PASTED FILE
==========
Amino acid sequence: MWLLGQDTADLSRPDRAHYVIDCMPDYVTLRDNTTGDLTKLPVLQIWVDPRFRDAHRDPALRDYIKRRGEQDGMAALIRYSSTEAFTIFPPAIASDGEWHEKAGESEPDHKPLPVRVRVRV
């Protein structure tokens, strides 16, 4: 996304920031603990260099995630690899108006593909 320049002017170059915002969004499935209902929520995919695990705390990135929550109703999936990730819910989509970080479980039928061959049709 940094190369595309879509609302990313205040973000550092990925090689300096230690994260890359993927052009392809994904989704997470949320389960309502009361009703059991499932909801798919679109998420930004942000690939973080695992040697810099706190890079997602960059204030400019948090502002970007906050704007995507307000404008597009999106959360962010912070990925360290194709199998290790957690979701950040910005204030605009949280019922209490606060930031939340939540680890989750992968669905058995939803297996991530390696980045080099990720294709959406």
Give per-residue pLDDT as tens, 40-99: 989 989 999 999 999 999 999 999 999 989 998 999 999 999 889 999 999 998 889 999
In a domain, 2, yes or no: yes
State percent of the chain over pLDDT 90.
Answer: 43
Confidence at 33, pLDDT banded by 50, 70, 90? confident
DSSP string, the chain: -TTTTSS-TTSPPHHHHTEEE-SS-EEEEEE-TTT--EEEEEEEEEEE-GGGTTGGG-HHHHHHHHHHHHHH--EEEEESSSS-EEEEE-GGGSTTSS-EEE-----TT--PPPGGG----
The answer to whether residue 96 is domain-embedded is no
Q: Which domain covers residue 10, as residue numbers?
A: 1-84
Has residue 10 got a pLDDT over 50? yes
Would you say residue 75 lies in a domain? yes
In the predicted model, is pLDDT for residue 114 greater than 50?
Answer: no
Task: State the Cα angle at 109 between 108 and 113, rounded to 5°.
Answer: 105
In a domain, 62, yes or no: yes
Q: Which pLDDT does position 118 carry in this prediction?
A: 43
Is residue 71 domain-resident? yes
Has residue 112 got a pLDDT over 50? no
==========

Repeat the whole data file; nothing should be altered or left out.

Amino acid sequence: MWLLGQDTADLSRPDRAHYVIDCMPDYVTLRDNTTGDLTKLPVLQIWVDPRFRDAHRDPALRDYIKRRGEQDGMAALIRYSSTEAFTIFPPAIASDGEWHEKAGESEPDHKPLPVRVRVRV
């Protein structure tokens, strides 16, 4: 996304920031603990260099995630690899108006593909 320049002017170059915002969004499935209902929520995919695990705390990135929550109703999936990730819910989509970080479980039928061959049709 940094190369595309879509609302990313205040973000550092990925090689300096230690994260890359993927052009392809994904989704997470949320389960309502009361009703059991499932909801798919679109998420930004942000690939973080695992040697810099706190890079997602960059204030400019948090502002970007906050704007995507307000404008597009999106959360962010912070990925360290194709199998290790957690979701950040910005204030605009949280019922209490606060930031939340939540680890989750992968669905058995939803297996991530390696980045080099990720294709959406």
Give per-residue pLDDT as tens, 40-99: 989 989 999 999 999 999 999 999 999 989 998 999 999 999 889 999 999 998 889 999
In a domain, 2, yes or no: yes
State percent of the chain over pLDDT 90.
Answer: 43
Confidence at 33, pLDDT banded by 50, 70, 90? confident
DSSP string, the chain: -TTTTSS-TTSPPHHHHTEEE-SS-EEEEEE-TTT--EEEEEEEEEEE-GGGTTGGG-HHHHHHHHHHHHHH--EEEEESSSS-EEEEE-GGGSTTSS-EEE-----TT--PPPGGG----
The answer to whether residue 96 is domain-embedded is no
Q: Which domain covers residue 10, as residue numbers?
A: 1-84
Has residue 10 got a pLDDT over 50? yes
Would you say residue 75 lies in a domain? yes
In the predicted model, is pLDDT for residue 114 greater than 50?
Answer: no
Task: State the Cα angle at 109 between 108 and 113, rounded to 5°.
Answer: 105
In a domain, 62, yes or no: yes
Q: Which pLDDT does position 118 carry in this prediction?
A: 43
Is residue 71 domain-resident? yes
Has residue 112 got a pLDDT over 50? no